Racket (sports equipment)

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Squash racket and ball
Racquetball racket and ball

A racket or racquet[1] is a sports implement consisting of a handled frame with an open hoop across which a network of strings or catgut is stretched tightly. It is used for striking a ball or shuttlecock in games such as squash, tennis, racquetball, and badminton. Collectively, these games are known as racket sports. This predecessor to the modern game of squash, rackets, is played with 30 12-inch-long (77 cm) wooden rackets. While squash equipment has evolved in the intervening century, rackets equipment has changed little.

The frame of rackets for all sports was traditionally made of laminated wood and the strings of animal intestine known as catgut. The traditional racket size was limited by the strength and weight of the wooden frame which had to be strong enough to hold the strings and stiff enough to hit the ball or shuttle. Manufacturers started adding non-wood laminates to wood rackets to improve stiffness. Non-wood rackets were made first of steel, then of aluminium, and then carbon fiber composites. Wood is still used for real tennis, rackets, and xare. Most rackets are now made of composite materials including carbon fiber or fiberglass, metals such as titanium alloys, or ceramics.

Catgut has partially been replaced by synthetic materials including nylon, polyamide, and other polymers. Rackets are restrung when necessary, which may be after every match for a professional.


Racket is the standard spelling of the word. Racquet is an alternative spelling[2][3] used more commonly in certain sports (squash, racquetball, badminton) and less commonly in others (tennis).[1] Racket is the preferred spelling in tennis.[1] While some writers, especially those outside North America, prefer the French-influenced racquet, racket is the predominant spelling by a large margin.[1] Similarly, while some believe that racket came about as a misspelling of racquet, racket is in fact the older spelling: it has been in use since the 16th century, with racquet only showing up later in the 19th century as a variant of racket.[1]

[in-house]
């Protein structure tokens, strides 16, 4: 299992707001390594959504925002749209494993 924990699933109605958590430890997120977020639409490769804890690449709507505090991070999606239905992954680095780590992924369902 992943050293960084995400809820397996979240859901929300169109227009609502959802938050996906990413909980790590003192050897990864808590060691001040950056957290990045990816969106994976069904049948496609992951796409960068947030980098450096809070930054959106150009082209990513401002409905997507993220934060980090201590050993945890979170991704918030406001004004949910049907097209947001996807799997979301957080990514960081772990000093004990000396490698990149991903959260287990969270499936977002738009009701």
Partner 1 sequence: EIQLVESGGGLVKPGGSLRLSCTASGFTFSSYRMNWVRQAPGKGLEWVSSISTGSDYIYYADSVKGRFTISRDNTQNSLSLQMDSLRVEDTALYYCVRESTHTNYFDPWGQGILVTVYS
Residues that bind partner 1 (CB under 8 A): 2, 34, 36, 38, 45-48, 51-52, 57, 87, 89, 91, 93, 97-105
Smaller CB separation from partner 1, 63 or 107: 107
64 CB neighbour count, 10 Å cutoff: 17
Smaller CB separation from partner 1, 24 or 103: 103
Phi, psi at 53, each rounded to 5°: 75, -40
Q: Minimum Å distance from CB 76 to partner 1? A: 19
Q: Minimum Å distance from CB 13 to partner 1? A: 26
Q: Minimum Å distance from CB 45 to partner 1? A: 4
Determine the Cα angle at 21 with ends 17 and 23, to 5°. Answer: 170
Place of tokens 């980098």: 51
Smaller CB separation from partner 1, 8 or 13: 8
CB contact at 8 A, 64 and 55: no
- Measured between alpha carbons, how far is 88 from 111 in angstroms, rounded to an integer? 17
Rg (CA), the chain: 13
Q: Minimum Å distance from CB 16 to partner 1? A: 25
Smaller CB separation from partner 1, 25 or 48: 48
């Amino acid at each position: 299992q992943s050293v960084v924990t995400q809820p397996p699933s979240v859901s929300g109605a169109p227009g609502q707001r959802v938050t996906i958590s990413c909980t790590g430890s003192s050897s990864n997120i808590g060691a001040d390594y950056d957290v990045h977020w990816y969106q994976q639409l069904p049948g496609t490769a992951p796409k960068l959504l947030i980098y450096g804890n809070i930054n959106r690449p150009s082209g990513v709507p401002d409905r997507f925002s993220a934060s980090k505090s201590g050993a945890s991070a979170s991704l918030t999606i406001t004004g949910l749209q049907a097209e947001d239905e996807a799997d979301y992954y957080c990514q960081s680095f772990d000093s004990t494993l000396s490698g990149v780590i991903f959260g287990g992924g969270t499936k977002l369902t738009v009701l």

The origin of the term "racket" is unclear. According to a popular belief first published by Malcolm Whitman in 1932, the expression comes from the Arabic term rahat al-yad, meaning "palm of hand".[4] Modern research however reveals this thesis in a highly questionable light.[5] Instead, the term is more likely to be derived from the Flemish word "raketsen" which is itself derived from Middle French "rachasser", meaning "to strike (the ball) back".[6]


Badminton rackets

Badminton rackets are light, with top quality rackets weighing between about 80 and 100 grams (with strings). Modern rackets are composed of carbon fibre composite (graphite reinforced plastic), which may be augmented by a variety of materials. Carbon fibre has an excellent strength to weight ratio, is stiff, and gives excellent kinetic energy transfer. Before the adoption of carbon fibre composite, rackets were made of wood to their excessive weight and cost.

There is a wide variety of racket designs, although the racket size and shape are limited by the Laws. Different rackets have playing characteristics that appeal to different players. The traditional oval head shape is still available, but an isometric head shape is increasingly common in new rackets. Various companies have emerged but Yonex of Japan and Li-Ning of China are the dominant players in the market. Majority of top tournaments are sponsored by these companies. Every year a new technology is introduced by these companies but predominantly, all rackets are made of carbon graphite composite.